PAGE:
In addition to being classified by weight, paper can also be classified by surface, usage, or even brightness and opacity. Try to become familiar with paper terms and categories so you will have a better idea of which paper will be best for the job you want it to do. Below are some examples of the many kinds of paper you can use.
Transparent papers: sewing patterns, some handmade papers, tracing paper, and tissue paper.
Colored papers: construction paper, colored pages from magazines, Color-aid paper, and found papers. Organize them by color so they're ready when needed.
Paste paper and other painted papers: Paint papers yourself using pigmented paste, acrylics, watercolors, or inks.
Handmade papers: all kinds of weights, patterns, and thicknesses. Dive in and explore.
Magazine papers: magazines, catalogs, and brochures. You never know where you will find inspiration.
Vintage papers: postcards, magazines, letters, and drawings from kids (either from your own childhood or, if you have kids, your children's drawings)
Text papers: headlines, paragraphs, and words on paper. Cut out text that speaks to you, and keep your cutouts in an envelope or file for future use.
Found papers: receipts from the post office (or heck, from anywhere), ticket stubs, insides of security envelopes. Paper waits for you everywhere.
Waste papers: old telephone books, catalogs, magazines. All of these can become waste papers. One of the really great things about using a multipage document is when you flip the page, you have a new work surface.
Throughout this book, we will explore a variety of collage-making techniques, ranging from how to apply adhesives and use a bone folder to incorporating mixed mediums into your compositions. You will use many of the materials below in your collages.
Washi tape is tape made from Japanese rice paper. It is similar to masking tape but is available in a variety of widths, textures, patterns, and colors.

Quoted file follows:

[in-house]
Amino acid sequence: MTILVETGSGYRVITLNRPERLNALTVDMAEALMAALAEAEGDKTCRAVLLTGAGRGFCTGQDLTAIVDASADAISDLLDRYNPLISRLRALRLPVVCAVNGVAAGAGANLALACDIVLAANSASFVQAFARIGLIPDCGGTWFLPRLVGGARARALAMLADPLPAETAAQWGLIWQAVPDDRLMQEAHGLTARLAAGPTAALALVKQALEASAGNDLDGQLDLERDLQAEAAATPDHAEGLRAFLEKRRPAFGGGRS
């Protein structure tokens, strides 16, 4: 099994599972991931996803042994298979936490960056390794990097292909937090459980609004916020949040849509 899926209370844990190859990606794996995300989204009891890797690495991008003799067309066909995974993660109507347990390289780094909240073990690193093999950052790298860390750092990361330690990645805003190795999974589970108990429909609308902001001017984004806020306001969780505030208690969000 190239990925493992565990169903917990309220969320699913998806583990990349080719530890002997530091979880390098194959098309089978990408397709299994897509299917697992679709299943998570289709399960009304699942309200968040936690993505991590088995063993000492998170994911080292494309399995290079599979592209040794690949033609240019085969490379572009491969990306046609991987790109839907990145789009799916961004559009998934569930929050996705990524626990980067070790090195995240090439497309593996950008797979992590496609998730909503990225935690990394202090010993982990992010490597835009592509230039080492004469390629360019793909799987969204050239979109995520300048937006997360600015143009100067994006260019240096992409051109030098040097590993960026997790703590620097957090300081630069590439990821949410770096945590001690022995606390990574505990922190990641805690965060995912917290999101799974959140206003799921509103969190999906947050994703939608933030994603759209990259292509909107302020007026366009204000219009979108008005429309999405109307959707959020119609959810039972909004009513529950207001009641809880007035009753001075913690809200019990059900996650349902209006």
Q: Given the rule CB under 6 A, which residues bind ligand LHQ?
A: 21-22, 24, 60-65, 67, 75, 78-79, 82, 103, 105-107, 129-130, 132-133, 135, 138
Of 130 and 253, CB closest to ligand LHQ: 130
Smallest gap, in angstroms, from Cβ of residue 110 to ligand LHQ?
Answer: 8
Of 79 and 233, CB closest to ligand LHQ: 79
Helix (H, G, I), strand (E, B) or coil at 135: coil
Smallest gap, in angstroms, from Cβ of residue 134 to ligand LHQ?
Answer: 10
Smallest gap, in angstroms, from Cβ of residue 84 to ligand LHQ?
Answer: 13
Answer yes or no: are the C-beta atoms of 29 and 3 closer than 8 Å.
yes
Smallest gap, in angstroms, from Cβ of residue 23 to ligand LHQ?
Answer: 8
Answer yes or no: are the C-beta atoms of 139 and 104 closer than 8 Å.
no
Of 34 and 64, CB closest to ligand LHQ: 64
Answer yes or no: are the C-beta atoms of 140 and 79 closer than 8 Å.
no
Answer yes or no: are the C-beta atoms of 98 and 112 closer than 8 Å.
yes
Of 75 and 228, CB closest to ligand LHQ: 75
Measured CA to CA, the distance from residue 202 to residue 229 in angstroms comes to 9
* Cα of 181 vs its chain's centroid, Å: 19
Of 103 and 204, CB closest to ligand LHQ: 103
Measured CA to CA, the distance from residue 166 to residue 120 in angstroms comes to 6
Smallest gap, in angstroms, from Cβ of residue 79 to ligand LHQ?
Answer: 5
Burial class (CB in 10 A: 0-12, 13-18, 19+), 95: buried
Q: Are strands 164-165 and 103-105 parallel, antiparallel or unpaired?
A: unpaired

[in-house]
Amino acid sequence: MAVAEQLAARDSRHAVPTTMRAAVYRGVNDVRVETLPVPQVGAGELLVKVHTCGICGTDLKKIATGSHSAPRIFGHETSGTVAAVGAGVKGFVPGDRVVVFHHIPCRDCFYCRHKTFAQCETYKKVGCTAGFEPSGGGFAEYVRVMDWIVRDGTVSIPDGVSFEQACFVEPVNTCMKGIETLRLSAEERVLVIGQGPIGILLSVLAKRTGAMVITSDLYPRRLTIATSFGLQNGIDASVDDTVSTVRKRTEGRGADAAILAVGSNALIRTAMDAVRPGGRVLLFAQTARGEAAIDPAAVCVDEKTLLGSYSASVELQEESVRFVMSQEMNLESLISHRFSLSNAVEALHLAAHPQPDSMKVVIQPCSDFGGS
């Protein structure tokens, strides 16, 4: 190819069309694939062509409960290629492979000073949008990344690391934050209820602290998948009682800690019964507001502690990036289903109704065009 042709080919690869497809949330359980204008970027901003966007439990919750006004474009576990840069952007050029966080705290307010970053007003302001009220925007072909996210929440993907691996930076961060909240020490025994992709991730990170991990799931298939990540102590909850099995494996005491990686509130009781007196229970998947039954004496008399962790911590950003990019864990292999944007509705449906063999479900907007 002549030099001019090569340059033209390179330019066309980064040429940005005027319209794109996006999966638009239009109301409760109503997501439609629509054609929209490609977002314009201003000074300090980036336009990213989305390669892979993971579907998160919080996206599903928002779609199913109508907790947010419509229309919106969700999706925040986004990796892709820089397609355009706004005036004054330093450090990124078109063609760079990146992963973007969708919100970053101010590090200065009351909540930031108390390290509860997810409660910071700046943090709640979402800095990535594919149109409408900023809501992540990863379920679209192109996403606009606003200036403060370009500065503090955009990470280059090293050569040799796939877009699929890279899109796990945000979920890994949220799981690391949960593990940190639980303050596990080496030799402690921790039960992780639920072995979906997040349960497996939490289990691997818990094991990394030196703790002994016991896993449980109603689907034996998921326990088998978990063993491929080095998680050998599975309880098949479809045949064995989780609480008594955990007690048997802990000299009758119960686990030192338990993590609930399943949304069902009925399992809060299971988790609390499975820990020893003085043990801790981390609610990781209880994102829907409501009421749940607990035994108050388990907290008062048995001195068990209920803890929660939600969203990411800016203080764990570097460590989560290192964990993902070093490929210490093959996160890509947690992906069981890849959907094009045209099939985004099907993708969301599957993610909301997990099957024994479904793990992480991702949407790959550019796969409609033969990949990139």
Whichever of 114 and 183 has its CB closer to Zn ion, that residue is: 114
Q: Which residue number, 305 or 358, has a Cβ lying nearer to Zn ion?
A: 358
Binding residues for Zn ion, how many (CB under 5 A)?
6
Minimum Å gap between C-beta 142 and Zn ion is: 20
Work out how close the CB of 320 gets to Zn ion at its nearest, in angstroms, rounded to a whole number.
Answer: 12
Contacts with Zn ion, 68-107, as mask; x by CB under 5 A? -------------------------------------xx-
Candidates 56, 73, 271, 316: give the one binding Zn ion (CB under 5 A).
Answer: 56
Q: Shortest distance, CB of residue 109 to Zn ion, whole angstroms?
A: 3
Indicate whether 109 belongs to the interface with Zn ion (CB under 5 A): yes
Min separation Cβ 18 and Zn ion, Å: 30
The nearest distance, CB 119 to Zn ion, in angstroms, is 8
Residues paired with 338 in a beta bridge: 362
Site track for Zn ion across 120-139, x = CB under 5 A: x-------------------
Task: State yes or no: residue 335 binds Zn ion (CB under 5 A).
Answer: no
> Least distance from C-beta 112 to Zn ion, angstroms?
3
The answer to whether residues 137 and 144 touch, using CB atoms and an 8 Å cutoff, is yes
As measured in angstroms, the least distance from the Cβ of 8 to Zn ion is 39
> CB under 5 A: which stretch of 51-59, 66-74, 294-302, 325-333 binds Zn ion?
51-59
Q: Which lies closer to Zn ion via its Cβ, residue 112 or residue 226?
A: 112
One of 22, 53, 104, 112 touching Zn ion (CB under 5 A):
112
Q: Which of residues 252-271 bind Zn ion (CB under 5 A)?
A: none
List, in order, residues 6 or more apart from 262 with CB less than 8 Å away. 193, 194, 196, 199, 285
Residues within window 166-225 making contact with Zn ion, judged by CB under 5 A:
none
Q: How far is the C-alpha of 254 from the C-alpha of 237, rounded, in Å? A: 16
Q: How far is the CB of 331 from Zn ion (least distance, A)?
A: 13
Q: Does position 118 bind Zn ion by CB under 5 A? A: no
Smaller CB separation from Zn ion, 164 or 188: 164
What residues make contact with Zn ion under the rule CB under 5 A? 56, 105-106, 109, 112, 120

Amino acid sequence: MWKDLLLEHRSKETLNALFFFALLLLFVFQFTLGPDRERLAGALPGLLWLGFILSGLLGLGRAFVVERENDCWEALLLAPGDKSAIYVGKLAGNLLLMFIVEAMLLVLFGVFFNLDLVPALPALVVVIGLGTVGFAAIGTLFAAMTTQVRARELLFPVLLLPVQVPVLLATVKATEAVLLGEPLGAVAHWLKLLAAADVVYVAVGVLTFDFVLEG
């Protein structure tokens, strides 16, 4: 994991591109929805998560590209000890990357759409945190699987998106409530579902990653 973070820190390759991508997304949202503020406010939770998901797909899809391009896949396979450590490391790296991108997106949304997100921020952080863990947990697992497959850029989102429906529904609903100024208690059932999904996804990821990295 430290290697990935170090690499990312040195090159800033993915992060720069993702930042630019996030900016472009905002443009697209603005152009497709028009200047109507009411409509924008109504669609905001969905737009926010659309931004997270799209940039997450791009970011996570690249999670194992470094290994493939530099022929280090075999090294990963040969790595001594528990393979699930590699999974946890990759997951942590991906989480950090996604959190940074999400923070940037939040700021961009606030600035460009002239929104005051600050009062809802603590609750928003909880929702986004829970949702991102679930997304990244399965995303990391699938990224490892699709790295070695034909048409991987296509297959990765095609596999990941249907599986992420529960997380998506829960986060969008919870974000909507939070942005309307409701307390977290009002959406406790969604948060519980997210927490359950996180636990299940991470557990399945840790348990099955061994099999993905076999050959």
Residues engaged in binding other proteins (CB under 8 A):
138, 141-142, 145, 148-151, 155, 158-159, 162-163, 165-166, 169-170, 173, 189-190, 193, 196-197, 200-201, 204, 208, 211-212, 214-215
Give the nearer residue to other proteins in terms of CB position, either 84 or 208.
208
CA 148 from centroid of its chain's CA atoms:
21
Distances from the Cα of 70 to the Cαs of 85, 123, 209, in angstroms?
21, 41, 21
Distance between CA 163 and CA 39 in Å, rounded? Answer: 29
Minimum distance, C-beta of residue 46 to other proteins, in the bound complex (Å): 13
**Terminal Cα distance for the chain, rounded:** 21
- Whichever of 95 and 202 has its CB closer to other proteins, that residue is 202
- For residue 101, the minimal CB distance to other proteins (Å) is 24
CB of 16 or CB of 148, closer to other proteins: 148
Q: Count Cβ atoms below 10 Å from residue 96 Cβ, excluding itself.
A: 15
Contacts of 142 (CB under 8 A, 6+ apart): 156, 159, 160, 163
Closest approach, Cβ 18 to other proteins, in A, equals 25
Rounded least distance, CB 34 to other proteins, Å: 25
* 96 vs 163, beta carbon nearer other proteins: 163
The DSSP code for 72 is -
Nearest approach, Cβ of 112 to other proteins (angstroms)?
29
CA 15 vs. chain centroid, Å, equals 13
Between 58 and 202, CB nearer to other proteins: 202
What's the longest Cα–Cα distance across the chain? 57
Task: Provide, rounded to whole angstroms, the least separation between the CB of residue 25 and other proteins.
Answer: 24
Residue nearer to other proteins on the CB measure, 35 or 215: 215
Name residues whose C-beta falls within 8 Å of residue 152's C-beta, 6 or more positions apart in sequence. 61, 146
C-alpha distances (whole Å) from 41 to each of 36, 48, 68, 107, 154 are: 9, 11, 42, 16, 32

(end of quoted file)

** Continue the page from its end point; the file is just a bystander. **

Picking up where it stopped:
Gesso is a primer for canvas that is typically used to make a surface less porous. In this book we hack gesso and use it instead as a medium for stenciling, masking, and neutralizing papers. Gesso is usually white but also comes in black. Both create an opaque surface when dry.
“With sharp scissors—and an even sharper imagination—Melanie Mowinski shows us that the joy of collage comes from nurtured serendipity and playful hands-on experimentation.” — Janine Vangool, editor of UPPERCASE magazine
“In Collage Your Life, Melanie Mowinski demonstrates how expansive the artform can be, and how the portal to discovering its magnitude includes sincere presence and observation. The book's thorough presentation of methods and prompts will lead readers to varied and compelling paths of expression through the wondrous world of collage.” — Jenny Doh, artist and former Editor-in-Chief, Somerset Studio
" This is an excellent introduction to collage for crafty dabblers and experienced artists alike. Those who do not consider themselves artistic at all may also be inspired to try this forgiving medium, which has low barriers in regard to time, money, and skill. Mowinski’s instructions and encouragement easily convince the reader that they, too, can create collages. There is an overview of tools and techniques, a brief discussion of artistic principles and design elements, and simple instructions. A large portion of the book is the “55 Prompts to Jump-Start Your Practice” section, which provides ideas when inspiration is lacking. Each prompt has a brief introduction and a short list of instructions. Peppered throughout the prompts are statements and examples from several collage artists. In addition, collages created by other artists (all credited) are located throughout the book. There are also instructions for several bookbinding techniques. Wide-ranging reading and resources lists finish out the book.
VERDICT Highly recommended for public libraries. This will appeal to anyone interested in scrapbooking, bullet or art journaling, bookmaking, printmaking, as well as anyone looking for a creative outlet who thinks they aren’t artistically talented." — Library Journal, starred review
- On Sale
- Jun 21, 2022
- Page Count
- 224 pages